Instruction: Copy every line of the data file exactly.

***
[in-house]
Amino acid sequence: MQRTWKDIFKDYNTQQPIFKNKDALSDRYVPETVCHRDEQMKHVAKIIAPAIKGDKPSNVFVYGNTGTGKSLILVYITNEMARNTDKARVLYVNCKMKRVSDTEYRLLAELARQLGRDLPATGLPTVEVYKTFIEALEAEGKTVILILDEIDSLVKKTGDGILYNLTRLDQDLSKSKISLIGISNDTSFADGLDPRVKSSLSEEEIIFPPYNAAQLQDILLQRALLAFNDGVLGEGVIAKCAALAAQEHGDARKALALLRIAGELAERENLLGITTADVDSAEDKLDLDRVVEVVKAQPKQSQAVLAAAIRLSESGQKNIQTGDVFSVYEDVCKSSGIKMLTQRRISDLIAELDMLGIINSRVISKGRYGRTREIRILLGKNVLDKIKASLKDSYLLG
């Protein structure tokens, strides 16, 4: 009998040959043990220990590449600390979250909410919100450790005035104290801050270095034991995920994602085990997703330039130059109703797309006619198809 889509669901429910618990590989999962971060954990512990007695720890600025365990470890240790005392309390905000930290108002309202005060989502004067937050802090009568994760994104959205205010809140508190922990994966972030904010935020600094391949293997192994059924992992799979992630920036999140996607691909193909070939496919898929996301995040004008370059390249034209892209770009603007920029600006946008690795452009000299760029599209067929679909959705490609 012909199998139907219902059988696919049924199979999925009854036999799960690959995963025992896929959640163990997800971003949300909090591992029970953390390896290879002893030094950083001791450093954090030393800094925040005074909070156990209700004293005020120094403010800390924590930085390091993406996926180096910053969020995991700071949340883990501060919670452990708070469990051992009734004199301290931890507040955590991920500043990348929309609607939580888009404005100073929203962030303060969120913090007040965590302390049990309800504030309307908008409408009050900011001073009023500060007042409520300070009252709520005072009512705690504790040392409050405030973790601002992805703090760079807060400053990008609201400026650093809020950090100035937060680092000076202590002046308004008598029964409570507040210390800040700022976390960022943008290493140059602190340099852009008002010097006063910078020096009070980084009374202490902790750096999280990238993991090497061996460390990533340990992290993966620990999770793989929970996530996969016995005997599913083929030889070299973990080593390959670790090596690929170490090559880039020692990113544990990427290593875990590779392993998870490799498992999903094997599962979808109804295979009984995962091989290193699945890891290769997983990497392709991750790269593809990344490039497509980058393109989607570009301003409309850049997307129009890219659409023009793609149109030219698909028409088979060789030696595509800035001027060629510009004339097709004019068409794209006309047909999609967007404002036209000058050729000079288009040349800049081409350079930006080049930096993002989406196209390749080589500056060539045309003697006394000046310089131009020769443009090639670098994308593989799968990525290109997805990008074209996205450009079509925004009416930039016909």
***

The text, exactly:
[in-house]
Amino acid sequence: MQRTWKDIFKDYNTQQPIFKNKDALSDRYVPETVCHRDEQMKHVAKIIAPAIKGDKPSNVFVYGNTGTGKSLILVYITNEMARNTDKARVLYVNCKMKRVSDTEYRLLAELARQLGRDLPATGLPTVEVYKTFIEALEAEGKTVILILDEIDSLVKKTGDGILYNLTRLDQDLSKSKISLIGISNDTSFADGLDPRVKSSLSEEEIIFPPYNAAQLQDILLQRALLAFNDGVLGEGVIAKCAALAAQEHGDARKALALLRIAGELAERENLLGITTADVDSAEDKLDLDRVVEVVKAQPKQSQAVLAAAIRLSESGQKNIQTGDVFSVYEDVCKSSGIKMLTQRRISDLIAELDMLGIINSRVISKGRYGRTREIRILLGKNVLDKIKASLKDSYLLG
């Protein structure tokens, strides 16, 4: 009998040959043990220990590449600390979250909410919100450790005035104290801050270095034991995920994602085990997703330039130059109703797309006619198809 889509669901429910618990590989999962971060954990512990007695720890600025365990470890240790005392309390905000930290108002309202005060989502004067937050802090009568994760994104959205205010809140508190922990994966972030904010935020600094391949293997192994059924992992799979992630920036999140996607691909193909070939496919898929996301995040004008370059390249034209892209770009603007920029600006946008690795452009000299760029599209067929679909959705490609 012909199998139907219902059988696919049924199979999925009854036999799960690959995963025992896929959640163990997800971003949300909090591992029970953390390896290879002893030094950083001791450093954090030393800094925040005074909070156990209700004293005020120094403010800390924590930085390091993406996926180096910053969020995991700071949340883990501060919670452990708070469990051992009734004199301290931890507040955590991920500043990348929309609607939580888009404005100073929203962030303060969120913090007040965590302390049990309800504030309307908008409408009050900011001073009023500060007042409520300070009252709520005072009512705690504790040392409050405030973790601002992805703090760079807060400053990008609201400026650093809020950090100035937060680092000076202590002046308004008598029964409570507040210390800040700022976390960022943008290493140059602190340099852009008002010097006063910078020096009070980084009374202490902790750096999280990238993991090497061996460390990533340990992290993966620990999770793989929970996530996969016995005997599913083929030889070299973990080593390959670790090596690929170490090559880039020692990113544990990427290593875990590779392993998870490799498992999903094997599962979808109804295979009984995962091989290193699945890891290769997983990497392709991750790269593809990344490039497509980058393109989607570009301003409309850049997307129009890219659409023009793609149109030219698909028409088979060789030696595509800035001027060629510009004339097709004019068409794209006309047909999609967007404002036209000058050729000079288009040349800049081409350079930006080049930096993002989406196209390749080589500056060539045309003697006394000046310089131009020769443009090639670098994308593989799968990525290109997805990008074209996205450009079509925004009416930039016909």